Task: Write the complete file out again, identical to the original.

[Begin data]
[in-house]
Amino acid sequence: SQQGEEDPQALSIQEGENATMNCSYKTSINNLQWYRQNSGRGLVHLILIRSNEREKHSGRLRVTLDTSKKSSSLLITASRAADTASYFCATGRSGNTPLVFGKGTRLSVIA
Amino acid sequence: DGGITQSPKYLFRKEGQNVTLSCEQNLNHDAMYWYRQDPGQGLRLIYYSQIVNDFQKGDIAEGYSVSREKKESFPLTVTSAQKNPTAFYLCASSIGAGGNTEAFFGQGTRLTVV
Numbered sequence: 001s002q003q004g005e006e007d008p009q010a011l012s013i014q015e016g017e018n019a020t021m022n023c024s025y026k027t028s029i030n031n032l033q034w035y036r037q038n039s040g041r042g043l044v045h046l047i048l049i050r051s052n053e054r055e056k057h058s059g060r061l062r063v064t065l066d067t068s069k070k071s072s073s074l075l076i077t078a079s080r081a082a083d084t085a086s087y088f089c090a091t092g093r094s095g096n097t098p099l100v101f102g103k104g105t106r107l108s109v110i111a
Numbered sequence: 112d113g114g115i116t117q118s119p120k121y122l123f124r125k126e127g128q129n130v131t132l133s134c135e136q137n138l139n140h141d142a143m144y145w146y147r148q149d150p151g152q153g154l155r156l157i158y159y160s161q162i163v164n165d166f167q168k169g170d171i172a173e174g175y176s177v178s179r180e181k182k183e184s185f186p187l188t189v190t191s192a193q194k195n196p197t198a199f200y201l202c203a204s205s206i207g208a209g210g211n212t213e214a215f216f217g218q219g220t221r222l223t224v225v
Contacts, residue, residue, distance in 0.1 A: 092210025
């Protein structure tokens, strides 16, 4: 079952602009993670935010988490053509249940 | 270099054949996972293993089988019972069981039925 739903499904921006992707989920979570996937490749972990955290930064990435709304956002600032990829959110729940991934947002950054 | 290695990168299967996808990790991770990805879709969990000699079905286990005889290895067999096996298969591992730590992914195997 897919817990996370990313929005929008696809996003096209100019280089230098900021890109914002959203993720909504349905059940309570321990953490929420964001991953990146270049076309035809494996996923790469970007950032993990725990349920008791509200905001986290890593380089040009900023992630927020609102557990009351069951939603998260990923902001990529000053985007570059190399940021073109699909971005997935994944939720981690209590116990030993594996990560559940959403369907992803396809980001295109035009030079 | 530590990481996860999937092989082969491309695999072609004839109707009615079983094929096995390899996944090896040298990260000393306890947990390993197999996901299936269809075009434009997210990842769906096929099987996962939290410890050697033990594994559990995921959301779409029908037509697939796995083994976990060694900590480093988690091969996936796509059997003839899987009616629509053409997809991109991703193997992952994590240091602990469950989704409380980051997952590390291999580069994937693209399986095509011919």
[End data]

[in-house]
Amino acid sequence: SQQGEEDPQALSIQEGENATMNCSYKTSINNLQWYRQNSGRGLVHLILIRSNEREKHSGRLRVTLDTSKKSSSLLITASRAADTASYFCATGRSGNTPLVFGKGTRLSVIA
Amino acid sequence: DGGITQSPKYLFRKEGQNVTLSCEQNLNHDAMYWYRQDPGQGLRLIYYSQIVNDFQKGDIAEGYSVSREKKESFPLTVTSAQKNPTAFYLCASSIGAGGNTEAFFGQGTRLTVV
Numbered sequence: 001s002q003q004g005e006e007d008p009q010a011l012s013i014q015e016g017e018n019a020t021m022n023c024s025y026k027t028s029i030n031n032l033q034w035y036r037q038n039s040g041r042g043l044v045h046l047i048l049i050r051s052n053e054r055e056k057h058s059g060r061l062r063v064t065l066d067t068s069k070k071s072s073s074l075l076i077t078a079s080r081a082a083d084t085a086s087y088f089c090a091t092g093r094s095g096n097t098p099l100v101f102g103k104g105t106r107l108s109v110i111a
Numbered sequence: 112d113g114g115i116t117q118s119p120k121y122l123f124r125k126e127g128q129n130v131t132l133s134c135e136q137n138l139n140h141d142a143m144y145w146y147r148q149d150p151g152q153g154l155r156l157i158y159y160s161q162i163v164n165d166f167q168k169g170d171i172a173e174g175y176s177v178s179r180e181k182k183e184s185f186p187l188t189v190t191s192a193q194k195n196p197t198a199f200y201l202c203a204s205s206i207g208a209g210g211n212t213e214a215f216f217g218q219g220t221r222l223t224v225v
Contacts, residue, residue, distance in 0.1 A: 092210025
């Protein structure tokens, strides 16, 4: 079952602009993670935010988490053509249940 | 270099054949996972293993089988019972069981039925 739903499904921006992707989920979570996937490749972990955290930064990435709304956002600032990829959110729940991934947002950054 | 290695990168299967996808990790991770990805879709969990000699079905286990005889290895067999096996298969591992730590992914195997 897919817990996370990313929005929008696809996003096209100019280089230098900021890109914002959203993720909504349905059940309570321990953490929420964001991953990146270049076309035809494996996923790469970007950032993990725990349920008791509200905001986290890593380089040009900023992630927020609102557990009351069951939603998260990923902001990529000053985007570059190399940021073109699909971005997935994944939720981690209590116990030993594996990560559940959403369907992803396809980001295109035009030079 | 530590990481996860999937092989082969491309695999072609004839109707009615079983094929096995390899996944090896040298990260000393306890947990390993197999996901299936269809075009434009997210990842769906096929099987996962939290410890050697033990594994559990995921959301779409029908037509697939796995083994976990060694900590480093988690091969996936796509059997003839899987009616629509053409997809991109991703193997992952994590240091602990469950989704409380980051997952590390291999580069994937693209399986095509011919």